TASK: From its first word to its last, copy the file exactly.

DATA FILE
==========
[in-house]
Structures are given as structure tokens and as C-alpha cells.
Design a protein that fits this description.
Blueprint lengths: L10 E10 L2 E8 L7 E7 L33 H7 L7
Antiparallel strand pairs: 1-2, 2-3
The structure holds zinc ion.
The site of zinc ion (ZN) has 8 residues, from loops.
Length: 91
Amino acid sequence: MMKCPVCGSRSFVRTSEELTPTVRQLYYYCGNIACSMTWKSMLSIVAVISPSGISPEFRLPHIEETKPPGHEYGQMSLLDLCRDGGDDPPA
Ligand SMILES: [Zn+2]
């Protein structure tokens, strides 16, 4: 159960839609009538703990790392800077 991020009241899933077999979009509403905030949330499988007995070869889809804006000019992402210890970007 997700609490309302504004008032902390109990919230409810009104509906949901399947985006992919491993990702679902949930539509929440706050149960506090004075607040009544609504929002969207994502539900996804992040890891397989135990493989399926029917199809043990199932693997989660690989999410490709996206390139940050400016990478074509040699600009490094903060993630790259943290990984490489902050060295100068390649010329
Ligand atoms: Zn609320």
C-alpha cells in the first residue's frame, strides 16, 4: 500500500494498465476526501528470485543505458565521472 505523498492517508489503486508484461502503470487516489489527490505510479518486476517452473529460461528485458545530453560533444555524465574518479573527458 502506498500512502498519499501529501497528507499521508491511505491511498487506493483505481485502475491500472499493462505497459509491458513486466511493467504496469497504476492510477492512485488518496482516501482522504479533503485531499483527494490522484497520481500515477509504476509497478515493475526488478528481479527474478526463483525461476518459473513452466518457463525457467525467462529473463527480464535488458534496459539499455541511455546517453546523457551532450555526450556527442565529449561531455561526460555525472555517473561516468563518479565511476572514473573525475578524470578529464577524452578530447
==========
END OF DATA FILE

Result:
[in-house]
Structures are given as structure tokens and as C-alpha cells.
Design a protein that fits this description.
Blueprint lengths: L10 E10 L2 E8 L7 E7 L33 H7 L7
Antiparallel strand pairs: 1-2, 2-3
The structure holds zinc ion.
The site of zinc ion (ZN) has 8 residues, from loops.
Length: 91
Amino acid sequence: MMKCPVCGSRSFVRTSEELTPTVRQLYYYCGNIACSMTWKSMLSIVAVISPSGISPEFRLPHIEETKPPGHEYGQMSLLDLCRDGGDDPPA
Ligand SMILES: [Zn+2]
């Protein structure tokens, strides 16, 4: 159960839609009538703990790392800077 991020009241899933077999979009509403905030949330499988007995070869889809804006000019992402210890970007 997700609490309302504004008032902390109990919230409810009104509906949901399947985006992919491993990702679902949930539509929440706050149960506090004075607040009544609504929002969207994502539900996804992040890891397989135990493989399926029917199809043990199932693997989660690989999410490709996206390139940050400016990478074509040699600009490094903060993630790259943290990984490489902050060295100068390649010329
Ligand atoms: Zn609320």
C-alpha cells in the first residue's frame, strides 16, 4: 500500500494498465476526501528470485543505458565521472 505523498492517508489503486508484461502503470487516489489527490505510479518486476517452473529460461528485458545530453560533444555524465574518479573527458 502506498500512502498519499501529501497528507499521508491511505491511498487506493483505481485502475491500472499493462505497459509491458513486466511493467504496469497504476492510477492512485488518496482516501482522504479533503485531499483527494490522484497520481500515477509504476509497478515493475526488478528481479527474478526463483525461476518459473513452466518457463525457467525467462529473463527480464535488458534496459539499455541511455546517453546523457551532450555526450556527442565529449561531455561526460555525472555517473561516468563518479565511476572514473573525475578524470578529464577524452578530447